Foreign - Tuesday 23.4.2002

Estonia's Obtshak crime organisation a major supplier of Finnish illegal drug market

 Syndicate divides territory and arbitrates in disputes - international criminal cooperation established in prison in 1990s

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By Jukka Harju in Tallinn

The Tallinn criminal organisation known as the "common treasury", or Obtshak is responsible for a good deal of the trade and smuggling of illegal drugs in Finland. Estonia is known to be the source of most of the amphetamine available on the Finnish market.
The operation is one example of how international organised crime - in this case, the Eastern Mafia - operates and extends its influence into Finland.
Obtshak is the highest level of the Eastern Mafia - an umbrella organisation of a number of different criminal groups. One of the goals of Obtshak is to make money; some of its activities are legitimate.
There are just under ten groups in Estonia which belong to Obtshak. Each of them pays part of the ill-gotten gains to a central organisation, which maps out the geographical areas and the fields of operations of the affiliate members. The common treasury also mediates in disputes between member groups, provides financial aid to those in prison and their families, and covers expenses such as lawyers' fees.

The Estonian media has often identified
a certain Russian-born man as the head of Obtshak. Most of the groups are Russian, and many are named after their cities of origin. For instance there is talk of the Novosibirsk and Kemerovov Mafias. More recently, new groups have been named after the bosses of the gangs.
Risto Pullat of the Estonian police is specialised in organised crime. He says that some of the groups are of Estonian origin, and they have their own representatives in Obtshak. However, purely Estonian gangs also have an umbrella organisation, known as the Nõukogu, or "council".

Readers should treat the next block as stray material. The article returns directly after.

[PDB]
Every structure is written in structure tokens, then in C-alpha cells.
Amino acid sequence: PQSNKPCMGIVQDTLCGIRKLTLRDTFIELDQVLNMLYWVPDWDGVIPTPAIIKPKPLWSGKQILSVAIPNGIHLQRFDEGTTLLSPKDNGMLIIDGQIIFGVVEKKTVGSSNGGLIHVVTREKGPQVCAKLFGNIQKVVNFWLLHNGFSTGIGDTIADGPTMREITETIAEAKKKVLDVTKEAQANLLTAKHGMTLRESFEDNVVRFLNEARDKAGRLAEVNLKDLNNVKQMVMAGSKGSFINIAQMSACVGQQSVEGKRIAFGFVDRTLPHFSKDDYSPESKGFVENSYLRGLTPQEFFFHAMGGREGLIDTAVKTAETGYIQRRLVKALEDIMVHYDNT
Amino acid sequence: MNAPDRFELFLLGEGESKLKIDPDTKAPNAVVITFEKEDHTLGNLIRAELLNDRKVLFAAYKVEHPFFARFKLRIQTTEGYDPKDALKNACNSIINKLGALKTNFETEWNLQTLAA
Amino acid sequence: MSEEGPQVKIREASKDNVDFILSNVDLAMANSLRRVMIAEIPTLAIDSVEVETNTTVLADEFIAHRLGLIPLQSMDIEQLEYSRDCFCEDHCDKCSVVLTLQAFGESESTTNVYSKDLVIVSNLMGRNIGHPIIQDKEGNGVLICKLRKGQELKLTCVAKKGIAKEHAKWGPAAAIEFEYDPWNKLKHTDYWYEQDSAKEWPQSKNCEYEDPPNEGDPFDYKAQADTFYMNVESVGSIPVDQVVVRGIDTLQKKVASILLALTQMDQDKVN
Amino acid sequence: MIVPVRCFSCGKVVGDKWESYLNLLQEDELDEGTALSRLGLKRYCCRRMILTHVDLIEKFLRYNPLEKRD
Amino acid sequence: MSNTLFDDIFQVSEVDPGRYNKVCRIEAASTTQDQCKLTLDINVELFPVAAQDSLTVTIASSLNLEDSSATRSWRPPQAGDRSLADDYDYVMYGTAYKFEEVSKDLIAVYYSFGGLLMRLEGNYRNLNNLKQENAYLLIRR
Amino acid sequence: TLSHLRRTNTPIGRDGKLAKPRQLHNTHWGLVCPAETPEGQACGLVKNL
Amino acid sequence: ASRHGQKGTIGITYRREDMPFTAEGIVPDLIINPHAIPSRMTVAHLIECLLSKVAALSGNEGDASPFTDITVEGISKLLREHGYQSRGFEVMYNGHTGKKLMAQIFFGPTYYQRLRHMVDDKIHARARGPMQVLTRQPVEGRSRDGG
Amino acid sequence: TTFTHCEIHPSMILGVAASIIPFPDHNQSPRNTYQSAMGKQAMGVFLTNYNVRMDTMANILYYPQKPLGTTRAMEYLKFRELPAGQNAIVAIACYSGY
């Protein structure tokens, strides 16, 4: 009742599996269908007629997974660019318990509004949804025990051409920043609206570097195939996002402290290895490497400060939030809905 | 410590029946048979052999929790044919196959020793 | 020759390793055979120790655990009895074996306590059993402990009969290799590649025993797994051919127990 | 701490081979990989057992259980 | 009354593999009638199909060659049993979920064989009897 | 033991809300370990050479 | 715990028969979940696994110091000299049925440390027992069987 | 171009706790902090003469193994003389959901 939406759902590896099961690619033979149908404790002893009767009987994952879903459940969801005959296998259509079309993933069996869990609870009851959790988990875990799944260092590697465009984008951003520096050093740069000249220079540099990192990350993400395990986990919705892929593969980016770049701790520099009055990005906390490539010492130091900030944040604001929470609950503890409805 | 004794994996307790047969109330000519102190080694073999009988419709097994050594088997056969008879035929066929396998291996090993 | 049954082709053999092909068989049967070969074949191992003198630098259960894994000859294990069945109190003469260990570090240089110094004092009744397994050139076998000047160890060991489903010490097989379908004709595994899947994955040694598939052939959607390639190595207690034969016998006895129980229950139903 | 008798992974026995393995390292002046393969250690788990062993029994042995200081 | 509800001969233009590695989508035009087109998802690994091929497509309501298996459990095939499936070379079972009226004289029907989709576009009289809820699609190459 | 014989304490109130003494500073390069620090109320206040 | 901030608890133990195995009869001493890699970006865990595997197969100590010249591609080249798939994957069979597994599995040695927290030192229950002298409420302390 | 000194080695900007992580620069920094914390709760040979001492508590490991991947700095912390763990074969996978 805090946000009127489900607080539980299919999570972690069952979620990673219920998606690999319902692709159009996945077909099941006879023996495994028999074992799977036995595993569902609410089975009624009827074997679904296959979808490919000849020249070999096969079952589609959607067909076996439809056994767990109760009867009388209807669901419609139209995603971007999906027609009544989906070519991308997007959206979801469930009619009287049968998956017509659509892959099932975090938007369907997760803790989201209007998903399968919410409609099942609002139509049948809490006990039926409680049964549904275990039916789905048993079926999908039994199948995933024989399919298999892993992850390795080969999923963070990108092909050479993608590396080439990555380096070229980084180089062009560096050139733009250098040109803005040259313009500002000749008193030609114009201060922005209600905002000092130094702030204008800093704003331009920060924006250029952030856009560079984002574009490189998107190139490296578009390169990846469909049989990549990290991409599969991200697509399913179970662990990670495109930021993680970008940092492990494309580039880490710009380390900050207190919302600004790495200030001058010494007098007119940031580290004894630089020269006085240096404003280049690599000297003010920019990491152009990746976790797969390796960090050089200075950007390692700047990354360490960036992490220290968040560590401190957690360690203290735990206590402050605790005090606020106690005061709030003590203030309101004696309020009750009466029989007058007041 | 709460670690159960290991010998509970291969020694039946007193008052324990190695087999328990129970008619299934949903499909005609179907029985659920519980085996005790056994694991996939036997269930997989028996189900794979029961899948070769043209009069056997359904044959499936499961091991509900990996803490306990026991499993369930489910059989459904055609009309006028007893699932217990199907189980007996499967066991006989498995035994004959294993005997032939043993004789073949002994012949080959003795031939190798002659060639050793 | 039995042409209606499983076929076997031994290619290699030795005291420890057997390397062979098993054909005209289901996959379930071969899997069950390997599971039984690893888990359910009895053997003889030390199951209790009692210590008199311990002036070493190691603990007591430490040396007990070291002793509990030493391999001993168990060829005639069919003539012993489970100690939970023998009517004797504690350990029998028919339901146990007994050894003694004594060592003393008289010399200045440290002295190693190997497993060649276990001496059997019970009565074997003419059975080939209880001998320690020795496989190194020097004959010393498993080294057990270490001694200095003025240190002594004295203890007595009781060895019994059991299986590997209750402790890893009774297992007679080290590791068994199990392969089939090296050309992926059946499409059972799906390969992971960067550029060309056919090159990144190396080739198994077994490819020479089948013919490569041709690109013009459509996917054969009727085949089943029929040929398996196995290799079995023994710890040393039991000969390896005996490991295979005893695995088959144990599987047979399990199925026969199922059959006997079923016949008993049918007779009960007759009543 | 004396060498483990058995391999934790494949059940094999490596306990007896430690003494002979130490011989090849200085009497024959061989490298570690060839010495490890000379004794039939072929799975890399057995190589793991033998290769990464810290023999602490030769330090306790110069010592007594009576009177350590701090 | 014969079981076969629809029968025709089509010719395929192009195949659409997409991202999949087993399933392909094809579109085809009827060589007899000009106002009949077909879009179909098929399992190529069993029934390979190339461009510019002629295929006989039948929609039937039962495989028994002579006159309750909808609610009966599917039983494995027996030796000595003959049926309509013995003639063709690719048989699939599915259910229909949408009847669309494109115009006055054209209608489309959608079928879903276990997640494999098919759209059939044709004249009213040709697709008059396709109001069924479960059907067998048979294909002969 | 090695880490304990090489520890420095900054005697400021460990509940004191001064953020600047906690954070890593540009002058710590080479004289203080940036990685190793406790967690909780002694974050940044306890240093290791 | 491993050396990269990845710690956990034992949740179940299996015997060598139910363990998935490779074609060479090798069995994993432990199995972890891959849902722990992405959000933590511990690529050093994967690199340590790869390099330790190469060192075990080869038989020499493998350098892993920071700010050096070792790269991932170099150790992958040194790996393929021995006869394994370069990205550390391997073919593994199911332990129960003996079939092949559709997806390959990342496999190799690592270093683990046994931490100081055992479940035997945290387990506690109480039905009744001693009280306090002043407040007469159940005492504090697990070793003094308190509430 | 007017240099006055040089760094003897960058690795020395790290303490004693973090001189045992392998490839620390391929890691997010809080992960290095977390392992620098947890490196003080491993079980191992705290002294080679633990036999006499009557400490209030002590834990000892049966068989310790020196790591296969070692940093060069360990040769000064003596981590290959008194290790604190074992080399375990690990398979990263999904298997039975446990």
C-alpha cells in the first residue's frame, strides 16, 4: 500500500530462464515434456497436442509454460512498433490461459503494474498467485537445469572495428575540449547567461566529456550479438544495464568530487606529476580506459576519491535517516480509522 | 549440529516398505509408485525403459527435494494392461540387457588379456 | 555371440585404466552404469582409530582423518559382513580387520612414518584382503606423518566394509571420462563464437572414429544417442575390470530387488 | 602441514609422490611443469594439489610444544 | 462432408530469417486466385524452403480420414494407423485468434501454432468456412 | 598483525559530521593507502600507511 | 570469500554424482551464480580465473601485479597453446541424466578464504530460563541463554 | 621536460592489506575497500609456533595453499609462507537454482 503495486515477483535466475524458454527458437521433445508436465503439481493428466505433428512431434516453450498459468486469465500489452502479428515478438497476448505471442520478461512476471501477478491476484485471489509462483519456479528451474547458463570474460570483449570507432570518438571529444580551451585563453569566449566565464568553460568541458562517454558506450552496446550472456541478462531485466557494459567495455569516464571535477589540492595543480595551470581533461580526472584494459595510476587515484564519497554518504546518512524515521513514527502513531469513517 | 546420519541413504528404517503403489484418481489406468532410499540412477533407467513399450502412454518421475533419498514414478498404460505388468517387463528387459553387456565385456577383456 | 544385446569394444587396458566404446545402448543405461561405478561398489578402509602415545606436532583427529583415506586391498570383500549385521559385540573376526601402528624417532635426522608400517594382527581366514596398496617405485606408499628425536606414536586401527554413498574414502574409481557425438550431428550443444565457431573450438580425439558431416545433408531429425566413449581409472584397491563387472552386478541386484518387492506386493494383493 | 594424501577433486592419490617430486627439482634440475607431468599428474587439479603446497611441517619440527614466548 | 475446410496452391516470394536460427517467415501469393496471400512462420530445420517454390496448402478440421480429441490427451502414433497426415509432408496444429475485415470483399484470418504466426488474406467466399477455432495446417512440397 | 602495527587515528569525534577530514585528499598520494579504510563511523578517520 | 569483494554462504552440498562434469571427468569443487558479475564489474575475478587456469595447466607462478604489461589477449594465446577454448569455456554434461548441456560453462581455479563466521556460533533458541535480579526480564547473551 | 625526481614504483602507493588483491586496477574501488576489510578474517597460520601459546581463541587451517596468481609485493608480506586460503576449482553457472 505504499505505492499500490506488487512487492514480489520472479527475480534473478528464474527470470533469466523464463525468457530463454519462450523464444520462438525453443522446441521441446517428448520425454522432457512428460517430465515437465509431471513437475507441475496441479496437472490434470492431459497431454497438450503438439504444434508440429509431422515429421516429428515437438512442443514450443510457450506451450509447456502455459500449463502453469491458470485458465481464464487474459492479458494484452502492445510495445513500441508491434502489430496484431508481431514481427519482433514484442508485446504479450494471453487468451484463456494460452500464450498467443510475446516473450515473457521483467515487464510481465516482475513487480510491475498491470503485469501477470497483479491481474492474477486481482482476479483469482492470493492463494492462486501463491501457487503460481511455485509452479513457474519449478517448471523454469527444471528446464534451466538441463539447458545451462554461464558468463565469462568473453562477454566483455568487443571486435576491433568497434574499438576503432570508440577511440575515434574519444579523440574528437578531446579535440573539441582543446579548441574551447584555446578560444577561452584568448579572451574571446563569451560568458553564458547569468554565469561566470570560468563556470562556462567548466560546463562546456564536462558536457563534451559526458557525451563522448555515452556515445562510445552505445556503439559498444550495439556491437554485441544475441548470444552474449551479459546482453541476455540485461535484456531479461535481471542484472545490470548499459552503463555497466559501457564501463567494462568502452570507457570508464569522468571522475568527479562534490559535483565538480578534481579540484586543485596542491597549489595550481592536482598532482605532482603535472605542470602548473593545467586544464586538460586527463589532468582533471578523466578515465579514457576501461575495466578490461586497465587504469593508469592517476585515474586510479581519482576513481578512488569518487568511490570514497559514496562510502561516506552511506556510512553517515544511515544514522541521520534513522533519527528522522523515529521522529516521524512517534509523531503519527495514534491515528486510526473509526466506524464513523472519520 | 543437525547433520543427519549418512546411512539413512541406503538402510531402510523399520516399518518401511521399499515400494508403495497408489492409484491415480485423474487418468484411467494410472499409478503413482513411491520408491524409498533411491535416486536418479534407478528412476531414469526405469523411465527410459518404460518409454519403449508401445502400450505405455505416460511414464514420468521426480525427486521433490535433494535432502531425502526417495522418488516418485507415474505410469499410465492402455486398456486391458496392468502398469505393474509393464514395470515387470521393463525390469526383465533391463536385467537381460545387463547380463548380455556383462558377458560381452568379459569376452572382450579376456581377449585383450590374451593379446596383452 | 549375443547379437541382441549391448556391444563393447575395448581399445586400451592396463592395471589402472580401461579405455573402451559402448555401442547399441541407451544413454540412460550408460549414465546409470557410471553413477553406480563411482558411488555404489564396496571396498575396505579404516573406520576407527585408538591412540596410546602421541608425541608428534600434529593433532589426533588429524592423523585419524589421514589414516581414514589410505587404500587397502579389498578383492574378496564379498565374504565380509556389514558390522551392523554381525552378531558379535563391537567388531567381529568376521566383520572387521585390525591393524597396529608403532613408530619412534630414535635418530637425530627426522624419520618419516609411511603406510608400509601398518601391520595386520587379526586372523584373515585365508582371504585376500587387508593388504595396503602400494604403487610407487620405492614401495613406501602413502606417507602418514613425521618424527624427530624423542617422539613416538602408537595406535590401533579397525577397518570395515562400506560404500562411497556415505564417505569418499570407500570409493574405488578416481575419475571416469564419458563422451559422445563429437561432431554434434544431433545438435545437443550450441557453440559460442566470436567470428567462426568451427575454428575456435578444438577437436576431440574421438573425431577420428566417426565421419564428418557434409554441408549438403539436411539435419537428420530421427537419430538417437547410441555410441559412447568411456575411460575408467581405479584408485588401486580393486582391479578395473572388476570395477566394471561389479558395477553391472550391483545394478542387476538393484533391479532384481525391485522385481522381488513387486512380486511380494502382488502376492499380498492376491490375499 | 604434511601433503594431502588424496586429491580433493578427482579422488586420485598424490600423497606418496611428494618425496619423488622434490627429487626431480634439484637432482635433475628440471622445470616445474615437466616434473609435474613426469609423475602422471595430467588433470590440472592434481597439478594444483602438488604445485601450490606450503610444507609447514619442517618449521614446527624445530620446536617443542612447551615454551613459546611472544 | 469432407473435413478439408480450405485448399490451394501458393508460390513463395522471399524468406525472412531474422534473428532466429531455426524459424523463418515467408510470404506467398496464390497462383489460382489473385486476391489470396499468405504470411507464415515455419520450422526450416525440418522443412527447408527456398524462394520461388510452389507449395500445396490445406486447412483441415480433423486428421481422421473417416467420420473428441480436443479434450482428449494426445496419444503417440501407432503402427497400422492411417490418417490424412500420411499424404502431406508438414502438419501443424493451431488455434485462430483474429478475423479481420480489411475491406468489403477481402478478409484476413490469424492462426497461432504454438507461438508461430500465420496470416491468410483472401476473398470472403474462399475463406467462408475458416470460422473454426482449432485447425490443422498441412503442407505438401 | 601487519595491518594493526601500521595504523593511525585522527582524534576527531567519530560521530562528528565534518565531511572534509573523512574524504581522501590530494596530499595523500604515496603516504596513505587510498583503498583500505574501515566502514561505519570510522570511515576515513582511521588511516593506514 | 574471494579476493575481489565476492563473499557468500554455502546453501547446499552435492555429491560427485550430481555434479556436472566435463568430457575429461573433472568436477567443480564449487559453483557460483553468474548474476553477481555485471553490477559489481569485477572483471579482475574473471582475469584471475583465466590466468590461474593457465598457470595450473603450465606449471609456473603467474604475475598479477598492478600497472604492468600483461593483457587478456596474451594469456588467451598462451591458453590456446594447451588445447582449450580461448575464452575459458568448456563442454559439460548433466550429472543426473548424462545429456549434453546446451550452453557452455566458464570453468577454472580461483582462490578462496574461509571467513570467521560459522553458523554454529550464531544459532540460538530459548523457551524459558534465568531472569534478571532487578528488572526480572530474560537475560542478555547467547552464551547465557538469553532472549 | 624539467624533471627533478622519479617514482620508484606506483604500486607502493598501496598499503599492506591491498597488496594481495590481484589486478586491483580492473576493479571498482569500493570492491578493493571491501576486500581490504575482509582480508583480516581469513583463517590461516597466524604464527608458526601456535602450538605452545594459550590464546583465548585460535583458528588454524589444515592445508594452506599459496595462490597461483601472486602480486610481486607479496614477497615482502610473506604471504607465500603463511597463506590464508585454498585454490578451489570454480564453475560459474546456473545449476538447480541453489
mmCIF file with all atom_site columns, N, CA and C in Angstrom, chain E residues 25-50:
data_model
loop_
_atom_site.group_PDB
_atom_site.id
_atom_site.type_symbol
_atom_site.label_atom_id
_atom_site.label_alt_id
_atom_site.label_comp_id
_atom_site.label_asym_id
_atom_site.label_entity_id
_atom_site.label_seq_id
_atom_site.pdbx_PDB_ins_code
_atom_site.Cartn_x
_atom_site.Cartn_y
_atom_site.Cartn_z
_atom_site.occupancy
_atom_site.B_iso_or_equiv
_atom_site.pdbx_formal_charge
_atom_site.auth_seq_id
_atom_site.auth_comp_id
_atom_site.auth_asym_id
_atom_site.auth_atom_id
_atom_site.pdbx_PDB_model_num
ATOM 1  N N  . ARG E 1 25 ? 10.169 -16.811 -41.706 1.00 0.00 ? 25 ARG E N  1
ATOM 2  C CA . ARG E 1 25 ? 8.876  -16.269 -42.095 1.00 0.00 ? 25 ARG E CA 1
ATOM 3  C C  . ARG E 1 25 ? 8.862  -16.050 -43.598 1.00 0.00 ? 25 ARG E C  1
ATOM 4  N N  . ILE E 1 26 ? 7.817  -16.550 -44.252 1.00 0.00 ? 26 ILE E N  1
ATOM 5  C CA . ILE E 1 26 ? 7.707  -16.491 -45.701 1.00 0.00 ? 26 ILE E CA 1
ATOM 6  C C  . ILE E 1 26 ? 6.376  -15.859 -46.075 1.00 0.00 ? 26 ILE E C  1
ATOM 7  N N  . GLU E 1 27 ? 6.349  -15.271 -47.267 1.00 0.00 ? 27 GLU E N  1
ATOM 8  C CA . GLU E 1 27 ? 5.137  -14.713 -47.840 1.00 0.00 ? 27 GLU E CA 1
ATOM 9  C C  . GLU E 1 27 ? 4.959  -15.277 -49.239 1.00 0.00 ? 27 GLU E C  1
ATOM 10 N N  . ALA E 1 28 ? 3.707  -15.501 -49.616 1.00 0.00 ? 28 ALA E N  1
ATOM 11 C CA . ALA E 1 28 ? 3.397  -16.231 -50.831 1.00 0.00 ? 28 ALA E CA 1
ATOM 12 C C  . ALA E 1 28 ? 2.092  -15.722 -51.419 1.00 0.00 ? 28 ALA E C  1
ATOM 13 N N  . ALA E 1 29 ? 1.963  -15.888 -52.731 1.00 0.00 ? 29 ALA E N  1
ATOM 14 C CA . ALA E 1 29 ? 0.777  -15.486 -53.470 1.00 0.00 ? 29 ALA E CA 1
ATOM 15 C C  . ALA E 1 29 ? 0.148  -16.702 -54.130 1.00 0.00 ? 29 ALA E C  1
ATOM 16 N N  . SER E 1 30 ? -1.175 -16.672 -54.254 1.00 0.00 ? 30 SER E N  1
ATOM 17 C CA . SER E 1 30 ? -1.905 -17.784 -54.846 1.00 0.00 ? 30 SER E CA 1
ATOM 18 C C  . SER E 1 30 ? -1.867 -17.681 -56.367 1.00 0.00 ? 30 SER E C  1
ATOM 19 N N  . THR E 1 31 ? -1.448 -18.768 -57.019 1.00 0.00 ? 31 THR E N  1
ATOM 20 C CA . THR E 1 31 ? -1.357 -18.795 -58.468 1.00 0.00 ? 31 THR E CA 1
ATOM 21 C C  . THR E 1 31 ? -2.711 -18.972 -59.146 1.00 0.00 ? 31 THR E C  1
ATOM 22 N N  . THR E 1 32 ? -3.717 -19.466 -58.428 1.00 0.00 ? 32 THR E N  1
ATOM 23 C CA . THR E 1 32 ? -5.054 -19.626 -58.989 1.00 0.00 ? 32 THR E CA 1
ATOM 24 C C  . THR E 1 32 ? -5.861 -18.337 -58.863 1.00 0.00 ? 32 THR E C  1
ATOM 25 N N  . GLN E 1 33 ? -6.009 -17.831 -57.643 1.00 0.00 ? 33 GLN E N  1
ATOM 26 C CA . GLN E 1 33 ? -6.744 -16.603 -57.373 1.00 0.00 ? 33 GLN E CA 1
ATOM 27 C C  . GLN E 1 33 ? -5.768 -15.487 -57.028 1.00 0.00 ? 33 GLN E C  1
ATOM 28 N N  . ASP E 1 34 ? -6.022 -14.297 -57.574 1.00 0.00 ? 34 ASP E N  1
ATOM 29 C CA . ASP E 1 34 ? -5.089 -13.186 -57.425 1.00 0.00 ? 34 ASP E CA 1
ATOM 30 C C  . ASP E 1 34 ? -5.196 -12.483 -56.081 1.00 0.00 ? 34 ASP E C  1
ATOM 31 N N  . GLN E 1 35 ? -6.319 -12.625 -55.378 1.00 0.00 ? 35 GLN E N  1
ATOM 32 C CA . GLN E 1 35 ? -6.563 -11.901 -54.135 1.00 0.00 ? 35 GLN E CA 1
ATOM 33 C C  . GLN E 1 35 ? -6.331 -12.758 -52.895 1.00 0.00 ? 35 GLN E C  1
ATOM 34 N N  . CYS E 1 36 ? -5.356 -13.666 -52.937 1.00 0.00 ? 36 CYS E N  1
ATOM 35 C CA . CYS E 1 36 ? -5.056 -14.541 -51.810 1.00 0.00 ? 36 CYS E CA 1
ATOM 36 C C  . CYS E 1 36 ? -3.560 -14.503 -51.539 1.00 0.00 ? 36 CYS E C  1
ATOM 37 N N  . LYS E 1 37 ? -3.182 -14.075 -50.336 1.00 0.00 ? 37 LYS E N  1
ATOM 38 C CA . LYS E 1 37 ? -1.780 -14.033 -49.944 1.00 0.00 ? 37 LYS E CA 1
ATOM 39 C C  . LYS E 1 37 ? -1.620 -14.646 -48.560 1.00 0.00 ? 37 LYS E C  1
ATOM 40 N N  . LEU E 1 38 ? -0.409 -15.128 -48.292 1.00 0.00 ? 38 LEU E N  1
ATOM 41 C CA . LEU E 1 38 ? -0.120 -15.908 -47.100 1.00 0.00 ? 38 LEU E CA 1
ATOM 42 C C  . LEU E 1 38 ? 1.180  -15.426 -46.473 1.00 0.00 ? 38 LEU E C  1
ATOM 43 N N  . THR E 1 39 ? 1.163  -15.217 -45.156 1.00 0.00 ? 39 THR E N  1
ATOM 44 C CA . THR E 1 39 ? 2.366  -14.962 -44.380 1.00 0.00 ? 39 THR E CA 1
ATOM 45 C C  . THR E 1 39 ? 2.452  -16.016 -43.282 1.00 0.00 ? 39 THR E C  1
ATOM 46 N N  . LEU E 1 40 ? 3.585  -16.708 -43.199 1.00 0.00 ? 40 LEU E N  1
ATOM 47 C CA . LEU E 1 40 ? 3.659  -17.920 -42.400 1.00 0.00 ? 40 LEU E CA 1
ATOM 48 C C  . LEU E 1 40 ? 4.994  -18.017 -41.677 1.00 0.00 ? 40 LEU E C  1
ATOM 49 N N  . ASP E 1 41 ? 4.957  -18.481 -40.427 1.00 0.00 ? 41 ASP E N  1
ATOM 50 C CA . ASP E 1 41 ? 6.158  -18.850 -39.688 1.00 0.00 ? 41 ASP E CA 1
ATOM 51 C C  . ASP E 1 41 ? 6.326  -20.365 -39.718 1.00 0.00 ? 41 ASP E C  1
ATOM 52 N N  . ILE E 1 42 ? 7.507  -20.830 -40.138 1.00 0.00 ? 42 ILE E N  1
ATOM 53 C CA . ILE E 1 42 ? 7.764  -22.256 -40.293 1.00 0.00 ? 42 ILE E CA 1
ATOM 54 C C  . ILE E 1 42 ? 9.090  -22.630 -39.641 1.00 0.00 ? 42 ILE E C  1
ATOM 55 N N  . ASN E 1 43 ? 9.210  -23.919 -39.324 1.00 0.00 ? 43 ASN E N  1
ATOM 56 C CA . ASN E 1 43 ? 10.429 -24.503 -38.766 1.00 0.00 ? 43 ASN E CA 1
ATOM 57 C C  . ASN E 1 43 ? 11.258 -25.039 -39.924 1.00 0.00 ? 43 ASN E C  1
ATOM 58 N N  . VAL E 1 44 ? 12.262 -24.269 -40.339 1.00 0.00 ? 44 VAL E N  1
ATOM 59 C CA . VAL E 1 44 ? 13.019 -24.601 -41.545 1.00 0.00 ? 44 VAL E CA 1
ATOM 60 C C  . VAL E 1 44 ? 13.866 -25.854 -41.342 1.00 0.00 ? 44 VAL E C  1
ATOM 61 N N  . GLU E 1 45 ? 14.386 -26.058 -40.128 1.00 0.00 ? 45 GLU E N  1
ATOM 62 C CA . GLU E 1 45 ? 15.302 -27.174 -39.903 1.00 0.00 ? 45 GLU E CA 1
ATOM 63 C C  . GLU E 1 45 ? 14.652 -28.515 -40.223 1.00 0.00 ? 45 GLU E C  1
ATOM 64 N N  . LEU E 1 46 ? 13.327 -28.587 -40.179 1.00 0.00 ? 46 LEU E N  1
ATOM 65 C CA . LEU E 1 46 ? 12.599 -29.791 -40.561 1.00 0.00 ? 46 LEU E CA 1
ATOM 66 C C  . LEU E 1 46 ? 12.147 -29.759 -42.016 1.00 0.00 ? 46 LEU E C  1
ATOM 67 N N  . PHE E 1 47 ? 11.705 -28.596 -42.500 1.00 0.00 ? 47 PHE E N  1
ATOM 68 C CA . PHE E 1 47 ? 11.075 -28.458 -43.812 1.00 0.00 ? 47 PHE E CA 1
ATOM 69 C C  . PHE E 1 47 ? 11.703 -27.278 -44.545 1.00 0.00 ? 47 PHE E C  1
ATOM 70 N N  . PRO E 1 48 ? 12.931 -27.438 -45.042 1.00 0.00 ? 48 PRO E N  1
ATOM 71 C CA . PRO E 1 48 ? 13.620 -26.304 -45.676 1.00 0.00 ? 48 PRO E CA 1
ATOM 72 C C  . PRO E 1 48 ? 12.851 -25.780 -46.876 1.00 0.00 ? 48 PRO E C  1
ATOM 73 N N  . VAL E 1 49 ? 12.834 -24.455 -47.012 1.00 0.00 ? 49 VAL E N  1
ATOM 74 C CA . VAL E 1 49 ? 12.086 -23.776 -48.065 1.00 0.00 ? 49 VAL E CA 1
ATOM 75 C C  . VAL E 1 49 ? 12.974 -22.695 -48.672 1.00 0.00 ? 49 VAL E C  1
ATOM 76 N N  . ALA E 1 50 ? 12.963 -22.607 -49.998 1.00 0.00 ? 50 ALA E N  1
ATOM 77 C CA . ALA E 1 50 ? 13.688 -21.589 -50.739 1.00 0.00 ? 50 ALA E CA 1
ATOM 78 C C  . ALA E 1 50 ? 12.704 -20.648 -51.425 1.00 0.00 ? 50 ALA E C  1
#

The Estonian groups are more international
in their operations than their Russian counterparts. For example, some Estonian criminals who have settled in Spain's Costa del Sol organise the smuggling of cannabis from North Africa to Finland.
Few can say how much of the Finnish amphetamine trade is in the hands of the Obtshak, but it is safe to say that the organisation would not just watch this lucrative trade across the Gulf of Finland from the sidelines. It is believed that it also has its hands in the smuggling of alcohol and tobacco into Finland.
There is considerable demand in Finland for amphetamine. The drug is manufactured in clandestine laboratories in Estonia. Since the late 1990s Estonian police have shut down such laboratories at the rate of about one each year. The latest was found in a rural house in the Western Estonia about two weeks ago.
The term "laboratory" is perhaps somewhat misleading in this respect, as the equipment required for the manufacture of amphetamine is not much more elaborate than a moonshine still.
The equipment is quite easy to assemble: the kettles and pipes of the laboratory that was most recently discovered fit into two cardboard boxes. This makes the laboratories easily portable, and more difficult for the police to track down.

According to Pullat
, the current situation on the Finnish amphetamine market emerged in the 1990s after the first Estonian criminals were caught in Finland. While in a Finnish prison they managed to establish contacts with Finnish professional criminals, and the business has flourished ever since.
"The criminals are more experienced and more crafty than before", says Martin Ilumets of Estonia's central criminal police.
The reason why so much Estonian amphetamine is smuggled across the Gulf of Finland from Estonia to Finland is simple: the same drug brings in at least three times as much money in Finland as it does in Estonia.

Helsingin Sanomat / First published in print 21.4.2002

More on this subject:
 Estonia's Obtshak crime organisation a major supplier of Finnish illegal drug market
 Vegetable delivery leads to prison ordeal for Finnish truck driver
 Knockers - Tallinn speed dealers' worst nightmare

JUKKA HARJU / Helsingin Sanomat

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